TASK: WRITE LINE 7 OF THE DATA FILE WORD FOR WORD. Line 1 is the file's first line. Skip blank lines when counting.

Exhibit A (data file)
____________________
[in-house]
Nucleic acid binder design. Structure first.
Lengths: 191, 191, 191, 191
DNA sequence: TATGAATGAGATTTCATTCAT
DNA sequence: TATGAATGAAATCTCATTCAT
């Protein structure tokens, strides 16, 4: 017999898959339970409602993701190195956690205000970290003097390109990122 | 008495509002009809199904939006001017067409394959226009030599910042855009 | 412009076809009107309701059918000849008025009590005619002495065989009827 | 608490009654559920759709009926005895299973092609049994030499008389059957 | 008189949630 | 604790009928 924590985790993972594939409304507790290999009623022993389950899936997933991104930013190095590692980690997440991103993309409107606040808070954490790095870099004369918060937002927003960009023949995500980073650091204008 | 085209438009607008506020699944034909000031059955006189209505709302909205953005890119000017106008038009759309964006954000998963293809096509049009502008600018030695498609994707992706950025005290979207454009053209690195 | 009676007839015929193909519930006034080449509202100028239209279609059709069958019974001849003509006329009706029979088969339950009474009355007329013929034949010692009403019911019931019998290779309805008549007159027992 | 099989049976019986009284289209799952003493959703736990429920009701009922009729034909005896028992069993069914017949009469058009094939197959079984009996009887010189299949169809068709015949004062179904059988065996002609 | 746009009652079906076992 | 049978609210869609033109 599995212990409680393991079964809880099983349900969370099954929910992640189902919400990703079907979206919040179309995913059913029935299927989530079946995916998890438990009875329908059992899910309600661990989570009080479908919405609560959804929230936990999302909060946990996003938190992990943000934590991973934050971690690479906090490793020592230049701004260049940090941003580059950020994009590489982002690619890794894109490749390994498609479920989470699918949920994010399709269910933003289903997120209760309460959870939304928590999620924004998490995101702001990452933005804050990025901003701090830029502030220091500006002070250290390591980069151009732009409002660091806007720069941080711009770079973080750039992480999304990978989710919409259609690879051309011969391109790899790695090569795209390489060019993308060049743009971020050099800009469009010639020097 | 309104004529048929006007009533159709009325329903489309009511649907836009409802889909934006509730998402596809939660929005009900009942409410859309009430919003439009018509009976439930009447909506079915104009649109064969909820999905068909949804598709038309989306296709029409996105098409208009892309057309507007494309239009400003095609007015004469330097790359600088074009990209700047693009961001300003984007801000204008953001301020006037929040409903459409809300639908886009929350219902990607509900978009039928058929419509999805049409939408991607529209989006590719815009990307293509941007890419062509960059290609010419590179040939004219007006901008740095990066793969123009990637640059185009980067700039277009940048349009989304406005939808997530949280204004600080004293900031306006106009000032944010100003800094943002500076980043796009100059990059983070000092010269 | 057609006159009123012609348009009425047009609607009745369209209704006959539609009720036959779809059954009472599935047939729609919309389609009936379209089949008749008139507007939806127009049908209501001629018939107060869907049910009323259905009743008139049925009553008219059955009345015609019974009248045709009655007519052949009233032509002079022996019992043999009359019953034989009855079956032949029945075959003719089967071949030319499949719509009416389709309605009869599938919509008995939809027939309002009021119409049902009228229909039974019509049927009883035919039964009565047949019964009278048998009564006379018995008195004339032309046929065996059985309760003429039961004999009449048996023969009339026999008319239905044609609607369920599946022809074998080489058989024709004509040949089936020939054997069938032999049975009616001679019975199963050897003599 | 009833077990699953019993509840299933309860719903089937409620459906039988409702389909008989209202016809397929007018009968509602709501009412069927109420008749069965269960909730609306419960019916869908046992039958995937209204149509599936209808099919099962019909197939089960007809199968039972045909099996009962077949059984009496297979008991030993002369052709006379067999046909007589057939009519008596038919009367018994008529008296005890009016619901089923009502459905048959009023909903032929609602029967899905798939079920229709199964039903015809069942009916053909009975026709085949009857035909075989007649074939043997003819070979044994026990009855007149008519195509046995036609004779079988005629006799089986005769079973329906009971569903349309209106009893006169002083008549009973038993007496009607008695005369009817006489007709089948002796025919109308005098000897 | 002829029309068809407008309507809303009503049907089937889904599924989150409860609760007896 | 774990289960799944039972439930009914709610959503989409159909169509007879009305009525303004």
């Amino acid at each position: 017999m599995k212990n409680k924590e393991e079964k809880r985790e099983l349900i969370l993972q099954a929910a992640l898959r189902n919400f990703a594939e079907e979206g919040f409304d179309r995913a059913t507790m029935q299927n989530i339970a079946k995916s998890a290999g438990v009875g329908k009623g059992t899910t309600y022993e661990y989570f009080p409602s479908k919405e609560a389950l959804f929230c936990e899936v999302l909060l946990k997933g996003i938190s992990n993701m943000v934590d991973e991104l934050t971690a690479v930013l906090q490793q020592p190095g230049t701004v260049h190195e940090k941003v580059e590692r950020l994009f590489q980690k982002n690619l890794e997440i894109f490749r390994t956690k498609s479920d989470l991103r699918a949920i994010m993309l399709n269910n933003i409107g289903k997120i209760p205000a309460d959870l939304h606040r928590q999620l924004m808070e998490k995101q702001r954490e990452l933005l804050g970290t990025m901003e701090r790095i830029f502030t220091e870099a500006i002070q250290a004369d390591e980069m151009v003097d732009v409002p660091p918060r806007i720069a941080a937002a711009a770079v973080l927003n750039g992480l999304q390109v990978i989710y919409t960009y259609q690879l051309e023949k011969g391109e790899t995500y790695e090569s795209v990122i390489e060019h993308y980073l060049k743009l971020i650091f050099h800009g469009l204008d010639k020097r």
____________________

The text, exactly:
């Amino acid at each position: 017999m599995k212990n409680k924590e393991e079964k809880r985790e099983l349900i969370l993972q099954a929910a992640l898959r189902n919400f990703a594939e079907e979206g919040f409304d179309r995913a059913t507790m029935q299927n989530i339970a079946k995916s998890a290999g438990v009875g329908k009623g059992t899910t309600y022993e661990y989570f009080p409602s479908k919405e609560a389950l959804f929230c936990e899936v999302l909060l946990k997933g996003i938190s992990n993701m943000v934590d991973e991104l934050t971690a690479v930013l906090q490793q020592p190095g230049t701004v260049h190195e940090k941003v580059e590692r950020l994009f590489q980690k982002n690619l890794e997440i894109f490749r390994t956690k498609s479920d989470l991103r699918a949920i994010m993309l399709n269910n933003i409107g289903k997120i209760p205000a309460d959870l939304h606040r928590q999620l924004m808070e998490k995101q702001r954490e990452l933005l804050g970290t990025m901003e701090r790095i830029f502030t220091e870099a500006i002070q250290a004369d390591e980069m151009v003097d732009v409002p660091p918060r806007i720069a941080a937002a711009a770079v973080l927003n750039g992480l999304q390109v990978i989710y919409t960009y259609q690879l051309e023949k011969g391109e790899t995500y790695e090569s795209v990122i390489e060019h993308y980073l060049k743009l971020i650091f050099h800009g469009l204008d010639k020097r």